Published: 2/22/2023


On Jan. 17, prosecutors in Stoughton charged Victor Carter with viciously murdering Amber Buckner, who was stabbed 30 times. Police found her with the handle of a 4-inch knife protruding from her right temple. The next day, prosecutors in Quincy charged Brian Walshe of Cohasset with brutally murdering his wife, Ana, then dismembering and discarding her body. Last year, there were 26 domestic violence-related homicides in Massachusetts — a more than 40% increase over the previous year. Most perpetrators were men; a majority of the victims were women.

To address this scourge, Massachusetts lawmakers have so far filed nearly 70 bills this year. One approach is to address coercive control — the attempt to dominate an intimate partner by subjecting them to psychological, sexual, technological or financial abuse.

“Almost all domestic homicides are preceded by coercive control,” says Lisa Fontes, a senior lecturer in Interdisciplinary Studies at the University of Massachusetts Amherst and the author of Invisible Chains: Overcoming Coercive Control in Your Intimate Relationship. “In fact, coercive control is a better predictor of domestic homicide than previous violent assaults.”

Survivors of domestic violence and their advocates are organizing across the state of Massachusetts to pass new laws addressing coercive control. HD 1844 and SD 1975 would allow survivors to obtain a restraining order based on coercive control and technological abuse, including electronic monitoring or surveillance, non-consensual sharing of explicit images and impersonation on the internet.

“Physical violence is just one tool in an abuser’s tool box — along with intimidation, isolation, manipulation, and emotional, financial, legal and sexual abuse,” says Fontes. “This legislation is important because it enables Massachusetts victims of coercive control to seek protective orders based on the entire tool box of coercive control. This is especially important where there either was not physical violence or where the physical violence has not been documented.”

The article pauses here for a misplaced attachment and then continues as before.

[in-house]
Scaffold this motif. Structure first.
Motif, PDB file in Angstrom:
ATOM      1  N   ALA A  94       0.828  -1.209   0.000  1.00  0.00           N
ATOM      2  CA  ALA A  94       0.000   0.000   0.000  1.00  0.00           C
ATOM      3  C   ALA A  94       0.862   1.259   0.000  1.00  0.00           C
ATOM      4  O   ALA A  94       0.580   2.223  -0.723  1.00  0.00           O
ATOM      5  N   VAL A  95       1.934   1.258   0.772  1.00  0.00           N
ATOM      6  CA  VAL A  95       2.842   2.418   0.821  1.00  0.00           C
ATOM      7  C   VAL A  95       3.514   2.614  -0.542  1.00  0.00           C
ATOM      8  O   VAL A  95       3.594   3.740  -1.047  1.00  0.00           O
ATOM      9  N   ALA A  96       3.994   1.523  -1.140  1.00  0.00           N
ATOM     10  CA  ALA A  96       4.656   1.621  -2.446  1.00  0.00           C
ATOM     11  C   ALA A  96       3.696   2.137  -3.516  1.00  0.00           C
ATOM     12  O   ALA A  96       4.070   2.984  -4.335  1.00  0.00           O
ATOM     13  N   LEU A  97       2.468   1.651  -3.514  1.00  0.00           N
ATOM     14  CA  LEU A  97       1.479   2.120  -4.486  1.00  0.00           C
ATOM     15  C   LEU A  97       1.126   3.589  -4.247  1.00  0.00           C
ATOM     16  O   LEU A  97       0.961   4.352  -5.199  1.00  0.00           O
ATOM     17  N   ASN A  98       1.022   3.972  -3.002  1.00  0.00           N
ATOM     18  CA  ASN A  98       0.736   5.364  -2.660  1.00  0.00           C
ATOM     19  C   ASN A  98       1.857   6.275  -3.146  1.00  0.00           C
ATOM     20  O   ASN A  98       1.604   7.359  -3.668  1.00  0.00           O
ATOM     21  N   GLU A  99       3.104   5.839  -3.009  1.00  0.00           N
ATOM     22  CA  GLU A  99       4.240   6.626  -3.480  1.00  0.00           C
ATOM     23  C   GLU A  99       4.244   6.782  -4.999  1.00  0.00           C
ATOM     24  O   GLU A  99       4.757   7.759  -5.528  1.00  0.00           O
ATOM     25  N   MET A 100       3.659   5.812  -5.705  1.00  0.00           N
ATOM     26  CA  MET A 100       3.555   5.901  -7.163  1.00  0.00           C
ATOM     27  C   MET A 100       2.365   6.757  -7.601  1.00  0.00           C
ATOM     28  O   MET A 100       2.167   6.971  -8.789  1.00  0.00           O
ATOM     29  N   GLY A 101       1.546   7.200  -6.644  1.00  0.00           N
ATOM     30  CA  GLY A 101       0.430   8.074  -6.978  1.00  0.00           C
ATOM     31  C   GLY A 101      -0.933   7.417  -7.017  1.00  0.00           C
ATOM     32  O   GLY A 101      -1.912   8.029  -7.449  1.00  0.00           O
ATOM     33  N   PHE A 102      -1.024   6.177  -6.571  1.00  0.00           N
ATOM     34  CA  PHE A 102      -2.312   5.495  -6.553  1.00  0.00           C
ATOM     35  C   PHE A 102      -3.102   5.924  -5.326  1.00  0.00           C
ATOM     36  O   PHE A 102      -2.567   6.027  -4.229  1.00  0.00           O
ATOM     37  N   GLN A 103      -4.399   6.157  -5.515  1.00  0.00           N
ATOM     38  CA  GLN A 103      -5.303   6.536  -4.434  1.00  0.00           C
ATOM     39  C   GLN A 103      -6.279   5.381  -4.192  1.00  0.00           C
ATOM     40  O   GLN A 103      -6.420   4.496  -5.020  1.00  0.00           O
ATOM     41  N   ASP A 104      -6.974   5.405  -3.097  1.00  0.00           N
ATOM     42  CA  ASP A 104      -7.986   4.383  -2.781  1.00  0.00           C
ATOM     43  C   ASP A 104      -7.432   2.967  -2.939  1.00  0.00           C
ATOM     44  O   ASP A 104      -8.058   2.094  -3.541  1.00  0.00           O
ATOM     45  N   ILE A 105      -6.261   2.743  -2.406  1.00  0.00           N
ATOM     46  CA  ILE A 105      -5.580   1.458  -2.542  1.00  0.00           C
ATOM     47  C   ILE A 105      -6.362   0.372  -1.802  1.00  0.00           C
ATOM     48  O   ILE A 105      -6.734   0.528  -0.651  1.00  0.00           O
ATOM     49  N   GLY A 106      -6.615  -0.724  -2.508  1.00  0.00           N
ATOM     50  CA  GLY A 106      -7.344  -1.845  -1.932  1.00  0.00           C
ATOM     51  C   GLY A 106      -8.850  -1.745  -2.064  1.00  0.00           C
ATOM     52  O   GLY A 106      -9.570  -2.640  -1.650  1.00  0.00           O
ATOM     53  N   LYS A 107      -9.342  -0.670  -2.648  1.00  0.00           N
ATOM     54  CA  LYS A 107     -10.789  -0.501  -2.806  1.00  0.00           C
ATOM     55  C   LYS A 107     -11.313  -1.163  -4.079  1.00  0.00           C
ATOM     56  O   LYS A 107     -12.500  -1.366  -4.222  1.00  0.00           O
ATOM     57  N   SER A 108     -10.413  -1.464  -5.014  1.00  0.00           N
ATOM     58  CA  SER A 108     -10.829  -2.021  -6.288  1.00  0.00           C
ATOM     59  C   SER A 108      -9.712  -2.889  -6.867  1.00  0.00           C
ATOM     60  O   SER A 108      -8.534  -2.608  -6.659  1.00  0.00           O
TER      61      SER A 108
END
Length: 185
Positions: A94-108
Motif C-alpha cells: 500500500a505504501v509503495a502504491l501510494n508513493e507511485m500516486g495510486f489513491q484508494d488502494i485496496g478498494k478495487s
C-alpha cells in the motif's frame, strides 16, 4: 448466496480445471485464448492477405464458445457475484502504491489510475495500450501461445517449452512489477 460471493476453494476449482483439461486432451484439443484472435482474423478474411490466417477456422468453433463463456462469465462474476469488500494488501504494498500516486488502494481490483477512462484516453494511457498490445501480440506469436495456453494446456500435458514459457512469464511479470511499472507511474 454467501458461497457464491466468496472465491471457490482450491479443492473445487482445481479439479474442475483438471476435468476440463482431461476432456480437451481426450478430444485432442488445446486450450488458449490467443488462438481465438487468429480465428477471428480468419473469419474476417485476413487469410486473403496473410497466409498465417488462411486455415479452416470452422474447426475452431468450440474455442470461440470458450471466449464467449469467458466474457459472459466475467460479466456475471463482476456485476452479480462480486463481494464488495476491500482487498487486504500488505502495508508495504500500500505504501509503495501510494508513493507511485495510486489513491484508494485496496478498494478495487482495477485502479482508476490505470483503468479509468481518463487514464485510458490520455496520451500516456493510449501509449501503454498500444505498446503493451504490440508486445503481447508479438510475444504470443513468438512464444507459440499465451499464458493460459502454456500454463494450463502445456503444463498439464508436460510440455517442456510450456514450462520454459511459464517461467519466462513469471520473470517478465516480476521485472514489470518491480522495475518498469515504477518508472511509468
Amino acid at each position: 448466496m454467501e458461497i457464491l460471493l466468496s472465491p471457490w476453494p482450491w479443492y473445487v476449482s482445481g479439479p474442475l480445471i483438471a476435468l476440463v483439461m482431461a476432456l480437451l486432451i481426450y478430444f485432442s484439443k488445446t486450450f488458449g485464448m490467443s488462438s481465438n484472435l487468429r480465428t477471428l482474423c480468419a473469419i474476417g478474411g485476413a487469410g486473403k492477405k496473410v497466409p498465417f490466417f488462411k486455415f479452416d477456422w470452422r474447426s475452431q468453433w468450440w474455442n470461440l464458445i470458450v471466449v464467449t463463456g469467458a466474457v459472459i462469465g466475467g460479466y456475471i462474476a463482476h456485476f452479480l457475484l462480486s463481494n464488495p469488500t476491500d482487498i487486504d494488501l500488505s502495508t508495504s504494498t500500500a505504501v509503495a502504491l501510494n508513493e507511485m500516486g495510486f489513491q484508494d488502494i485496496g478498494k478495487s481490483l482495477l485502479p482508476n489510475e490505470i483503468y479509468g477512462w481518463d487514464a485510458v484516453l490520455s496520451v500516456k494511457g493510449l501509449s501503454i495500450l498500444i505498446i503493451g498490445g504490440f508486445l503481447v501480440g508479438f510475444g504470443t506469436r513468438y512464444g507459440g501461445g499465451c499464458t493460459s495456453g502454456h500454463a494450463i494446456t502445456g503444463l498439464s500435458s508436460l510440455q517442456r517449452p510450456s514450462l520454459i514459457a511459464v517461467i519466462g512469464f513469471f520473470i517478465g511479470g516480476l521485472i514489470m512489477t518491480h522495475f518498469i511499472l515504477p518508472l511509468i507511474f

Examples of coercive control include isolating a spouse or partner from friends or relatives; repeatedly humiliating a partner or using degrading language or behaviors towards them; controlling, regulating or monitoring a partner’s activities, communications or finances; damaging property; threatening to abuse family pets; displaying a firearm in an intimidating manner; and threatening deportation.

“Coercive control is devastating. It tears down the individuality and the centeredness of a person. It leaves them open to self-doubt and therefore makes it more difficult for them to leave an abusive situation,” says Jamie Sabino, Deputy Director of Advocacy at the Mass Law Reform, a leading advocate for the legislation.

Courts are willing to issue restraining orders in cases of physical violence, but many will not when the abuse is not physically violent or when it happened in the past, says Sabino.

“Sometimes an abuser has beat up a person in the past and then continues to use coercive control. Survivors will say, ‘he was talking to me the way he did when he beat me up before, I just had to do what he said because I was so afraid of it.’ But if they go into court at that point, a judge is going to say, you’re not in reasonable fear at the moment,” says Sabino.

Advocates are also supporting legislation to prohibit abusive litigation. HD 2611 (introduced by state Rep. Natalie Blais, D-South Deerfield) and SD 2054, would prohibit litigation for the purpose of abusing, harassing, intimidating, threatening or maintaining contact with a current or former family or household member. Examples are constantly refiling motions in a custody matter when they have been repeatedly denied or bringing claims with no legal or factual basis. Abusive litigation costs survivors time and money, and subjects them to the emotional trauma of constantly having to face off against their abuser in court.

“Judges could stop this now and sometimes do — but are reluctant to cut off access to the courts,” says Sabino. “Having this bill would give specific guidance to judges (and litigants) as to what is controlling and abusive litigation — and would allow a judge to not only compensate survivors for their costs but also allow judges to put in place protections like limiting new custody motions unless approved by the judge.”

Massachusetts’ statewide coalition of domestic abuse and sexual assault community providers Jane Doe Inc. supports both of these laws as do survivor networks from across the state and local lawmakers.

“Some of the hardest calls my office receives are from people trying to survive and escape from intimate partner violence,” says state Rep. Lyndsay Sabadosa, D-Northampton, who is co-sponsoring both bills. “It becomes clear from those conversations that the law, while trying to help, often doesn’t do enough to protect them and, in fact, puts up hurdles making it harder for survivors to move on with their lives. These bills are small, concrete things that the state can do to offer assistance and support.”

Carrie N. Baker is a professor in the Program for the Study of Women and Gender at Smith College and a regular contributor to Ms. Magazine.